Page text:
Goldman Sachs released the results of a survey of over 1,700 American small businesses today. The conclusions are not surprising. Both small business owners and their employees are struggling. But there are also hints of optimism.
Less than half in the survey reported being fully open. For 68%, the current crisis will permanently change their business model. The median number of employees has dropped from 11 to 6. The good news is that many have managed to retain more employees on the payroll thanks to government-backed loan assistance.
A full 91% of those surveyed applied for the Paycheck Protection Program. Despite some of the funds being slow to arrive, 71% of those who were approved already are confident they will survive.
This relatively high level of confidence is more important than you might think. The vast amount of debt being taken on, in businesses and governments, requires a positive outlook to be sustainable. If the confidence of investors falls, they will unload debt-related bonds and securities from their portfolio with potentially disastrous consequences. If the confidence of consumers falls, they will save much more than they spend, hurting businesses, the economy, and investor confidence.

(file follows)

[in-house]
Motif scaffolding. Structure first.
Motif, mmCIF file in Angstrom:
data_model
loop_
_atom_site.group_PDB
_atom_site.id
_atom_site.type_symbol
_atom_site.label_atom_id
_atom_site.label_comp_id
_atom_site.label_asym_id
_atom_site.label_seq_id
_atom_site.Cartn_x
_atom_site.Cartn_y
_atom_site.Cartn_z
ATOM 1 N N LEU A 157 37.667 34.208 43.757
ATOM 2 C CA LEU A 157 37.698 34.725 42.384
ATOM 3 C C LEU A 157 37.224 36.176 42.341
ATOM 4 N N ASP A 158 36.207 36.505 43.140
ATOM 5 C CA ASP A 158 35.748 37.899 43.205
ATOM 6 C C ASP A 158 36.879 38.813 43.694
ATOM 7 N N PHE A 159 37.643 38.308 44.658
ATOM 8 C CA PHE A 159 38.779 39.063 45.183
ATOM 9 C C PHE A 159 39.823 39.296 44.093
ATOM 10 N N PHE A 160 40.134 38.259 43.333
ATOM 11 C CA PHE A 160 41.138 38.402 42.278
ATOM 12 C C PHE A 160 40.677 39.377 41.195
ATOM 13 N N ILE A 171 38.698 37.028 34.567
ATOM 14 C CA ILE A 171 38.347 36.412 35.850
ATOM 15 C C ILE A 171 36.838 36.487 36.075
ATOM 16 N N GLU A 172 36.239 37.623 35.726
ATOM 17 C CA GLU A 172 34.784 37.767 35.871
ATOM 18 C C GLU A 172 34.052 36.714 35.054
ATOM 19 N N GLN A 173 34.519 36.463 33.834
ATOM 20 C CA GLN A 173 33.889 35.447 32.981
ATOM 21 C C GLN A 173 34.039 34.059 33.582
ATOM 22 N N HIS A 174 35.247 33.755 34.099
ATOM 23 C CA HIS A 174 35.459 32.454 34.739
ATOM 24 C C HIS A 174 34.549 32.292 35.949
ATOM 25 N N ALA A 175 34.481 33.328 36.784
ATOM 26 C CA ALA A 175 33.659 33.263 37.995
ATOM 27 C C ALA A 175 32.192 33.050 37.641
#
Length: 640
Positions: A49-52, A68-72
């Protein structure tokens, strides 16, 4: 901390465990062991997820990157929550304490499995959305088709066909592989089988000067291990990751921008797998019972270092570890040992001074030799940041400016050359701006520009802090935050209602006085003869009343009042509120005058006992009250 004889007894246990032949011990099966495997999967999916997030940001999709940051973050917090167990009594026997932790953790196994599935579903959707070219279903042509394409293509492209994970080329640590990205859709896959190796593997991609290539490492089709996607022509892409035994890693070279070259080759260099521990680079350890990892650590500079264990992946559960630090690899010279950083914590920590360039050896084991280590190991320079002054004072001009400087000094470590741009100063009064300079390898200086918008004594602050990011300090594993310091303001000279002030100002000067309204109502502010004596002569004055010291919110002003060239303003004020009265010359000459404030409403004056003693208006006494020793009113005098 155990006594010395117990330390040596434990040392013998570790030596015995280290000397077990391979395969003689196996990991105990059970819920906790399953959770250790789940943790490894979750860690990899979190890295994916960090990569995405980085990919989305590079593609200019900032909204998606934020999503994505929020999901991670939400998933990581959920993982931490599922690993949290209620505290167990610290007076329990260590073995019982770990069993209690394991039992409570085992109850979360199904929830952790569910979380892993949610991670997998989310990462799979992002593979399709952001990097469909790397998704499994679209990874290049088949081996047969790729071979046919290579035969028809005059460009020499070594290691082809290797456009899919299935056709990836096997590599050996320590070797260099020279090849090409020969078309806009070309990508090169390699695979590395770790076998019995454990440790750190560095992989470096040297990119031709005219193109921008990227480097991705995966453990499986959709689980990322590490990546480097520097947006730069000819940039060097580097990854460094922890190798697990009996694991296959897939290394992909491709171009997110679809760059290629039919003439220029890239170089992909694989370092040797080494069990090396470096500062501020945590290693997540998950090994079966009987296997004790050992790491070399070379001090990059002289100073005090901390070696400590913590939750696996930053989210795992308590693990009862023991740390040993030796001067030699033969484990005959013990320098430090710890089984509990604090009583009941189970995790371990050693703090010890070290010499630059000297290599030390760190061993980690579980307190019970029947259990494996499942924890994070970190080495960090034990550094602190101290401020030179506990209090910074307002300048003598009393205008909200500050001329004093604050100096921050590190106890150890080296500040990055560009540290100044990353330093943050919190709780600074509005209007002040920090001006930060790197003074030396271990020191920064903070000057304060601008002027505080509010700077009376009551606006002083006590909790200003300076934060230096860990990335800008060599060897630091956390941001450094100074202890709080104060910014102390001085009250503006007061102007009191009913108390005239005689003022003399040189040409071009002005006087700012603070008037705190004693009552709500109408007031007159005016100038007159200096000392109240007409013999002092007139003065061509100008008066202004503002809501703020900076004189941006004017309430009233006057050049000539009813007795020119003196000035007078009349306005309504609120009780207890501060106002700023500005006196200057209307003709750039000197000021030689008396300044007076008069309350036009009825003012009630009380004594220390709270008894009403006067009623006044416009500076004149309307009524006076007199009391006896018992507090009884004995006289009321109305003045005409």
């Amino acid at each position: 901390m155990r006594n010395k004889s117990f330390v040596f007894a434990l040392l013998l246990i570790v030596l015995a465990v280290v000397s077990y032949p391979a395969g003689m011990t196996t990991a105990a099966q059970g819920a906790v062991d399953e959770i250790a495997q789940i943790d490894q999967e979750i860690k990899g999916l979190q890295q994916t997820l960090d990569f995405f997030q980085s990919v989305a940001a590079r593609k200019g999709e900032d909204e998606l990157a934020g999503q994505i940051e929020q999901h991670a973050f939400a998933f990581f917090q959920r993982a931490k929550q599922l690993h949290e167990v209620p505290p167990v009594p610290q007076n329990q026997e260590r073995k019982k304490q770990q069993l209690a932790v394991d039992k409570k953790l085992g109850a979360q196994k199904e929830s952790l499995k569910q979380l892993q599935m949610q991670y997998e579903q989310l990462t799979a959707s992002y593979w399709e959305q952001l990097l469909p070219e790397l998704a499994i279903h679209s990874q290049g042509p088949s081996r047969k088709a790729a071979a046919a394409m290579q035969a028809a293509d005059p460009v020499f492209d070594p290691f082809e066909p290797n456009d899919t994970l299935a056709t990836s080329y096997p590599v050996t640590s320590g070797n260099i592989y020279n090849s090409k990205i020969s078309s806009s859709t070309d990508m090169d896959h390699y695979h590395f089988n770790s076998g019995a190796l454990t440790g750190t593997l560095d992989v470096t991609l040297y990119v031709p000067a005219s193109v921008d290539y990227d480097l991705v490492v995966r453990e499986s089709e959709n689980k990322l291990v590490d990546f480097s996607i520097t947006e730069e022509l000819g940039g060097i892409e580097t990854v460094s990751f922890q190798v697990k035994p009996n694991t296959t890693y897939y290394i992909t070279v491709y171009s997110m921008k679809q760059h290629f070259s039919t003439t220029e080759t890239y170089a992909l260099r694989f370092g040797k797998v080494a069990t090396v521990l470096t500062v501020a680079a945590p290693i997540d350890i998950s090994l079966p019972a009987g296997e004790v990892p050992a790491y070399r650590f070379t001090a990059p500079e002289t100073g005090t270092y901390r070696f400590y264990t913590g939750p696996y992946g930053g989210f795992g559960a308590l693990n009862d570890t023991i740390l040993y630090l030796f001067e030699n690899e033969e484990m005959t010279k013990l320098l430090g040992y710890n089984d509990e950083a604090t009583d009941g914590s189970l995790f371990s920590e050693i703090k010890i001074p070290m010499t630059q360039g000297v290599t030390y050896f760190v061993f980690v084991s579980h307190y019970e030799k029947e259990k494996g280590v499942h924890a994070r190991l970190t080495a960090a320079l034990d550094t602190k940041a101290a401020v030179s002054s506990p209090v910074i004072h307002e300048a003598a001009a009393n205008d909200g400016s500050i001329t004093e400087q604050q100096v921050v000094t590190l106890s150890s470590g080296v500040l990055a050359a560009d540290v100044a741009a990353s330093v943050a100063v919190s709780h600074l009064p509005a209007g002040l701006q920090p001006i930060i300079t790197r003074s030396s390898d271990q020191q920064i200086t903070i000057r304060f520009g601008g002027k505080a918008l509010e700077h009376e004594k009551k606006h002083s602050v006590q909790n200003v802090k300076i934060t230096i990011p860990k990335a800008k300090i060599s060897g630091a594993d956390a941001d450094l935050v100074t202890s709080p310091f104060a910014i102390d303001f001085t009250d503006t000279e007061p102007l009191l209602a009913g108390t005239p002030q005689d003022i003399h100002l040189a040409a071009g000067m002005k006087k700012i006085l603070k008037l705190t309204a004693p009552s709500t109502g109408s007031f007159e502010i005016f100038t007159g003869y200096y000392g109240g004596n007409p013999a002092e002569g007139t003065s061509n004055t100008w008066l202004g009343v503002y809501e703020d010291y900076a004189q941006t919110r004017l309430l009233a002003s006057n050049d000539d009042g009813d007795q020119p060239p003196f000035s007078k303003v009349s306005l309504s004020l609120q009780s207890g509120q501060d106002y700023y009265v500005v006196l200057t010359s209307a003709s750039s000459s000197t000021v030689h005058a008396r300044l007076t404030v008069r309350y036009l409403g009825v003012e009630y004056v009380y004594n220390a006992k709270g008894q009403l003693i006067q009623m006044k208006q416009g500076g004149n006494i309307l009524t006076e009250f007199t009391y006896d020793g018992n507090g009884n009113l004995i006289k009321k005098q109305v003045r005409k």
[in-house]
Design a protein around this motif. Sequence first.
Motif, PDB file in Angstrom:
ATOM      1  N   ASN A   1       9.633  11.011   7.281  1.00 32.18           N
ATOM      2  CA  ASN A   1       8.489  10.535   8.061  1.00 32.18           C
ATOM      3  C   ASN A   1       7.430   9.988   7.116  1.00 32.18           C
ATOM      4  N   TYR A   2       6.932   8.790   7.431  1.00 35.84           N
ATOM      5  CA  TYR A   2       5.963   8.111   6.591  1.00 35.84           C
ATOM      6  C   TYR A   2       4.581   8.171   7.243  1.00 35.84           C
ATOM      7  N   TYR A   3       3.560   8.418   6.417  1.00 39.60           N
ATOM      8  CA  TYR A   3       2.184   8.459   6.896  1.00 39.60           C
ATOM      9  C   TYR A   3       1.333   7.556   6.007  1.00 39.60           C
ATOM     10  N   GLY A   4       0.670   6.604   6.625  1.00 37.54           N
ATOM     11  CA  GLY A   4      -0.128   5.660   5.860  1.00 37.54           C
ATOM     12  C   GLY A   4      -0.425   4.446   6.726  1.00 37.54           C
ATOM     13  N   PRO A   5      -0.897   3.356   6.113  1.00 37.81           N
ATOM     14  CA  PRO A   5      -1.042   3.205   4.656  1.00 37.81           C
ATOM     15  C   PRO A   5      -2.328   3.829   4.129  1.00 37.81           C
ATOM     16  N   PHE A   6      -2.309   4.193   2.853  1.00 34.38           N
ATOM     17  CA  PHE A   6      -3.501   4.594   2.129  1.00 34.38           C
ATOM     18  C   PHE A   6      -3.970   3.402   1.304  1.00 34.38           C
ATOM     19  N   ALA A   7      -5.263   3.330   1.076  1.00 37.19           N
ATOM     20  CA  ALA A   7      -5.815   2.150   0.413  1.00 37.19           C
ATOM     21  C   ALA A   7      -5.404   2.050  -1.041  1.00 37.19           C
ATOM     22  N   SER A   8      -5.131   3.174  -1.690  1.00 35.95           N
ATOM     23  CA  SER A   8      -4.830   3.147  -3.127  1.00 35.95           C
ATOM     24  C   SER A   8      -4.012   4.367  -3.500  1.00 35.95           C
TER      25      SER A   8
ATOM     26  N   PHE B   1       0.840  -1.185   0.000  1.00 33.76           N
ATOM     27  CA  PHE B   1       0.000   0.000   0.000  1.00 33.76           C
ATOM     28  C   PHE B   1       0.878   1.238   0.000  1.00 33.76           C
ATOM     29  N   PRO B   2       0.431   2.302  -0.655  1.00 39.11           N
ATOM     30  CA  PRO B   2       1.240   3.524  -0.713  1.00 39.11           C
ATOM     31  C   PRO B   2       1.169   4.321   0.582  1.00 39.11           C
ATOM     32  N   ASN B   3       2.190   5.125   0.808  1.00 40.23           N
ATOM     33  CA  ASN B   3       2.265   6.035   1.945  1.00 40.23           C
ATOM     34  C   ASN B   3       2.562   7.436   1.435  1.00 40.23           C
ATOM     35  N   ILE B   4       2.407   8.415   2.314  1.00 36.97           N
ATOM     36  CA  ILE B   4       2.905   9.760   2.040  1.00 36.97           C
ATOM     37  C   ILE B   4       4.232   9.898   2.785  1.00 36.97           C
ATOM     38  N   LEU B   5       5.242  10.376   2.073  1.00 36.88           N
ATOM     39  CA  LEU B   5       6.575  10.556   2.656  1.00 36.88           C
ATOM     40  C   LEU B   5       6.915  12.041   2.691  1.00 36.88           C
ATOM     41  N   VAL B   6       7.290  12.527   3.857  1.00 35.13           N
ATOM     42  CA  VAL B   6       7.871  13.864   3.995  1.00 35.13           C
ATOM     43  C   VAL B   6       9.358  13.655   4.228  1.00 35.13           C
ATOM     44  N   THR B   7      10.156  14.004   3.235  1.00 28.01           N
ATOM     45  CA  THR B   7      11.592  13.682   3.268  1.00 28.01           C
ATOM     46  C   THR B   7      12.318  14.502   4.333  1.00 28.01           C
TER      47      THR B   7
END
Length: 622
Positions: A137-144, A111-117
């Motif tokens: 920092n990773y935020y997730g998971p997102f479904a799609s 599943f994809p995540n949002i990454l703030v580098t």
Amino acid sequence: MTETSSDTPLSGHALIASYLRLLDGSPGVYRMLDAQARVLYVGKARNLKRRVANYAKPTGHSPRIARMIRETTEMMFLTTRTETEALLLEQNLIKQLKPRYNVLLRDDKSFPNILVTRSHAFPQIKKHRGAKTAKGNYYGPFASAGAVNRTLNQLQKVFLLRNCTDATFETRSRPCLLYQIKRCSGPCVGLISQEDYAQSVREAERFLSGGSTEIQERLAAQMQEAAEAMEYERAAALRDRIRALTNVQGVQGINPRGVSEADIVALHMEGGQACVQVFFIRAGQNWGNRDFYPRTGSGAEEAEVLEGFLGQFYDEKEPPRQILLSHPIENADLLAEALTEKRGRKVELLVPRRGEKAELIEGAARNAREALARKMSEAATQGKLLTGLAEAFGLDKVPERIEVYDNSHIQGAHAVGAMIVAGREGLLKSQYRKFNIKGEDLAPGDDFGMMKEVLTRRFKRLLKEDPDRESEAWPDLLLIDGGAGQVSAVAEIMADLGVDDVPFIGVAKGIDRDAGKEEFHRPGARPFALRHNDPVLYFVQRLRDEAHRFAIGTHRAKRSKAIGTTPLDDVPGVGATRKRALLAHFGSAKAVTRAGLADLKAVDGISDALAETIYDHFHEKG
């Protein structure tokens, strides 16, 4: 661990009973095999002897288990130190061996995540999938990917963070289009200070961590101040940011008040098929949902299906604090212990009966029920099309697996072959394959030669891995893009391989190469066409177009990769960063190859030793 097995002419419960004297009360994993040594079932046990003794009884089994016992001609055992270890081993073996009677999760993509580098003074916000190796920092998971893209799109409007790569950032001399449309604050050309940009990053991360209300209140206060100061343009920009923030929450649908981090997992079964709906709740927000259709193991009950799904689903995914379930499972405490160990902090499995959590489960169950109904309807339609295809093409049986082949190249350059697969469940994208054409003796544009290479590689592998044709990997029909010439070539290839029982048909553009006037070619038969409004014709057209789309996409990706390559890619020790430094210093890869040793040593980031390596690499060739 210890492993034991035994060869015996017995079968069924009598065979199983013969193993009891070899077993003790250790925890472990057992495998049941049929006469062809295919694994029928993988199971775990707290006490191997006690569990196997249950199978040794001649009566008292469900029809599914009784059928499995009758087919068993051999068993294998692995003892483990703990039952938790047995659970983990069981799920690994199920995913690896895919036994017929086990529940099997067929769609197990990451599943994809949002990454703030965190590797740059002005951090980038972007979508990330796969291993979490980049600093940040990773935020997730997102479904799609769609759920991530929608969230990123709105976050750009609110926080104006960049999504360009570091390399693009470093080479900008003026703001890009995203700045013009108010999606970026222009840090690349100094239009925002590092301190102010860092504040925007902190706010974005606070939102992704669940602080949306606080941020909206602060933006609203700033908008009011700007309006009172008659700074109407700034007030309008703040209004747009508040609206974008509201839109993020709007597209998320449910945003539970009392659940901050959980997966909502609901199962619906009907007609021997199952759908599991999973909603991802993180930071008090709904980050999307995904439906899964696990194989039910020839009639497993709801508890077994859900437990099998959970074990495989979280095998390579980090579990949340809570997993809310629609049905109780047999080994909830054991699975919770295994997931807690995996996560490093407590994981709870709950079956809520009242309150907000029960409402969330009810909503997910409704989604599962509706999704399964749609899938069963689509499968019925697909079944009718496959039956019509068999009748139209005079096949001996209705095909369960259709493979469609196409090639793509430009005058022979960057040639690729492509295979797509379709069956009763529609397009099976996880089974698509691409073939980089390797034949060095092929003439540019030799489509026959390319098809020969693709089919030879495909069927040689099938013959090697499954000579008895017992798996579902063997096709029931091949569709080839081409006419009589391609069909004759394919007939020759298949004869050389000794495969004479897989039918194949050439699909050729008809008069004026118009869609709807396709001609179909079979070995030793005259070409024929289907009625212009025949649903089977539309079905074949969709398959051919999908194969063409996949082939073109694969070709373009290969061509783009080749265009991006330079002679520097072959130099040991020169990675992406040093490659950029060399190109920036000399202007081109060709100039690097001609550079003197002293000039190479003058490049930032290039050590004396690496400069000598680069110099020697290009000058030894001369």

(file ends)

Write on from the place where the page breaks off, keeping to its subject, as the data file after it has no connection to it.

The delicate balancing act of policymakers will continue. They have to invest enough in financial aid programs to keep businesses going while not taking on so much debt that investors become skeptical. Much of this may depend on how fast the economy recovers. Opinions on this are all over the place. The Economist recently published a summary of economists’ GDP growth forecasts for 2020. The estimates range from negative 9% to around zero for most large economies.